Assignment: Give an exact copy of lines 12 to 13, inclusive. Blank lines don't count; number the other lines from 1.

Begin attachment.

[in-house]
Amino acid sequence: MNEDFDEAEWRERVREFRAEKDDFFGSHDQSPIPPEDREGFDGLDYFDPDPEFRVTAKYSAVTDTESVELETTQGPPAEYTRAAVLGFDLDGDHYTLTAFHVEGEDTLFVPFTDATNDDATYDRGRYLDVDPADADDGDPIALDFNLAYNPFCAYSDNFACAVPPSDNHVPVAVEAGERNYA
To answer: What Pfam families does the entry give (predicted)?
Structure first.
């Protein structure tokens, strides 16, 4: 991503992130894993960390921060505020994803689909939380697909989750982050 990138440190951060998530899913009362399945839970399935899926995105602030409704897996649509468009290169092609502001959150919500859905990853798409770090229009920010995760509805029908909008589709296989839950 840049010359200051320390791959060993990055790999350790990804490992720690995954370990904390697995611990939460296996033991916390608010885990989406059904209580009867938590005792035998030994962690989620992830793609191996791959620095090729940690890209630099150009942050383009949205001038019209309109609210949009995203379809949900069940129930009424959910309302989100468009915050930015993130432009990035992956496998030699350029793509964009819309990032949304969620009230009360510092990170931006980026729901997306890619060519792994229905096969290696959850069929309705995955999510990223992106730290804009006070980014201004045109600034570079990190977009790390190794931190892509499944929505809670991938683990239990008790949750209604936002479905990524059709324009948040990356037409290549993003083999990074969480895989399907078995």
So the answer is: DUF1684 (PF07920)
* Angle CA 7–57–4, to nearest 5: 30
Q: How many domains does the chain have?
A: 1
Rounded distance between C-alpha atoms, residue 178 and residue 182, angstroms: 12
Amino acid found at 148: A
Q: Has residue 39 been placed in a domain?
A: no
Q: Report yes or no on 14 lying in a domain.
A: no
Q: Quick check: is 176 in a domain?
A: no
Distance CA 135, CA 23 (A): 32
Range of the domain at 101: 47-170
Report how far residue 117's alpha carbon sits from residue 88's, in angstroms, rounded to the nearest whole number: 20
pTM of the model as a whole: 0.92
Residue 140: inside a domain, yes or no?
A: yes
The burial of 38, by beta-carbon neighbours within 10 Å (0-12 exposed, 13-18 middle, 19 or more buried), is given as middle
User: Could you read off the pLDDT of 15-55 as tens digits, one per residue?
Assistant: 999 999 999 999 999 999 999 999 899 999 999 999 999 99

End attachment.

Q: Has residue 39 been placed in a domain?
A: no